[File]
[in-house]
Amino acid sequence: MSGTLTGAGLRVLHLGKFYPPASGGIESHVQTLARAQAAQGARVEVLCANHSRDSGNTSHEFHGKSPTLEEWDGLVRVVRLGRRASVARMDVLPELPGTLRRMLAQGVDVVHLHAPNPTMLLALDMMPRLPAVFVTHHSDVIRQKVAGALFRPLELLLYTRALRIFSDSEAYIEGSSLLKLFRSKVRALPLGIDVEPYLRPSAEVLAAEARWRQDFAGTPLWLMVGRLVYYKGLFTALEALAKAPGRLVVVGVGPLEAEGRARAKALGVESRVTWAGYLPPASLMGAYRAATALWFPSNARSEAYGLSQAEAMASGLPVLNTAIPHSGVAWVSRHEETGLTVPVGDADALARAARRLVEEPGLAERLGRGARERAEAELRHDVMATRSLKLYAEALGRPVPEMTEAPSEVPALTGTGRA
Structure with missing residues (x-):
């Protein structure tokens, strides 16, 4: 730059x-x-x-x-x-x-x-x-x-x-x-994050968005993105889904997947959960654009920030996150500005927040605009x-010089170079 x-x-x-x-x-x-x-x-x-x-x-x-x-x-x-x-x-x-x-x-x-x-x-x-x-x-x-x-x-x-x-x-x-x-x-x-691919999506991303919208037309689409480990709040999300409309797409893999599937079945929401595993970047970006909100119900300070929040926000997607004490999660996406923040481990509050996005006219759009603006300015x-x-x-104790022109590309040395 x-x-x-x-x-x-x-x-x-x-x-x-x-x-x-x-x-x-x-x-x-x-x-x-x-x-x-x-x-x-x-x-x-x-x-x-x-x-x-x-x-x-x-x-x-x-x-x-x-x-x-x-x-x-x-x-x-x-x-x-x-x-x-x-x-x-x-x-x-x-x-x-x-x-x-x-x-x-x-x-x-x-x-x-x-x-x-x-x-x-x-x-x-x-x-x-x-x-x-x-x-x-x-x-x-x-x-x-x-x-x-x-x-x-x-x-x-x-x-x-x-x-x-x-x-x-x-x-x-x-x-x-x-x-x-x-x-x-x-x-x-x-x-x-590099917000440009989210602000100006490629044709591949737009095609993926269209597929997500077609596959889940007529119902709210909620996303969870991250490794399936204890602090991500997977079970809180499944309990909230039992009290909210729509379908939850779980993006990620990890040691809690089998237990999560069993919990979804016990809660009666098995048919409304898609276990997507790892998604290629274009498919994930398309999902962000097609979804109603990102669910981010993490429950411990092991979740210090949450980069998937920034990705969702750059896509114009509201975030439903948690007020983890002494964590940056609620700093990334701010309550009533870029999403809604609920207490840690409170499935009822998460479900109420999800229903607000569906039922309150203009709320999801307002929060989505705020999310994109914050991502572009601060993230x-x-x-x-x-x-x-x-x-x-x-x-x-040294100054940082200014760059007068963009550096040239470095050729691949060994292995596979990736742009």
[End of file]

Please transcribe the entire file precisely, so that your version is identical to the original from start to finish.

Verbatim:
[in-house]
Amino acid sequence: MSGTLTGAGLRVLHLGKFYPPASGGIESHVQTLARAQAAQGARVEVLCANHSRDSGNTSHEFHGKSPTLEEWDGLVRVVRLGRRASVARMDVLPELPGTLRRMLAQGVDVVHLHAPNPTMLLALDMMPRLPAVFVTHHSDVIRQKVAGALFRPLELLLYTRALRIFSDSEAYIEGSSLLKLFRSKVRALPLGIDVEPYLRPSAEVLAAEARWRQDFAGTPLWLMVGRLVYYKGLFTALEALAKAPGRLVVVGVGPLEAEGRARAKALGVESRVTWAGYLPPASLMGAYRAATALWFPSNARSEAYGLSQAEAMASGLPVLNTAIPHSGVAWVSRHEETGLTVPVGDADALARAARRLVEEPGLAERLGRGARERAEAELRHDVMATRSLKLYAEALGRPVPEMTEAPSEVPALTGTGRA
Structure with missing residues (x-):
């Protein structure tokens, strides 16, 4: 730059x-x-x-x-x-x-x-x-x-x-x-994050968005993105889904997947959960654009920030996150500005927040605009x-010089170079 x-x-x-x-x-x-x-x-x-x-x-x-x-x-x-x-x-x-x-x-x-x-x-x-x-x-x-x-x-x-x-x-x-x-x-x-691919999506991303919208037309689409480990709040999300409309797409893999599937079945929401595993970047970006909100119900300070929040926000997607004490999660996406923040481990509050996005006219759009603006300015x-x-x-104790022109590309040395 x-x-x-x-x-x-x-x-x-x-x-x-x-x-x-x-x-x-x-x-x-x-x-x-x-x-x-x-x-x-x-x-x-x-x-x-x-x-x-x-x-x-x-x-x-x-x-x-x-x-x-x-x-x-x-x-x-x-x-x-x-x-x-x-x-x-x-x-x-x-x-x-x-x-x-x-x-x-x-x-x-x-x-x-x-x-x-x-x-x-x-x-x-x-x-x-x-x-x-x-x-x-x-x-x-x-x-x-x-x-x-x-x-x-x-x-x-x-x-x-x-x-x-x-x-x-x-x-x-x-x-x-x-x-x-x-x-x-x-x-x-x-x-x-590099917000440009989210602000100006490629044709591949737009095609993926269209597929997500077609596959889940007529119902709210909620996303969870991250490794399936204890602090991500997977079970809180499944309990909230039992009290909210729509379908939850779980993006990620990890040691809690089998237990999560069993919990979804016990809660009666098995048919409304898609276990997507790892998604290629274009498919994930398309999902962000097609979804109603990102669910981010993490429950411990092991979740210090949450980069998937920034990705969702750059896509114009509201975030439903948690007020983890002494964590940056609620700093990334701010309550009533870029999403809604609920207490840690409170499935009822998460479900109420999800229903607000569906039922309150203009709320999801307002929060989505705020999310994109914050991502572009601060993230x-x-x-x-x-x-x-x-x-x-x-x-x-040294100054940082200014760059007068963009550096040239470095050729691949060994292995596979990736742009």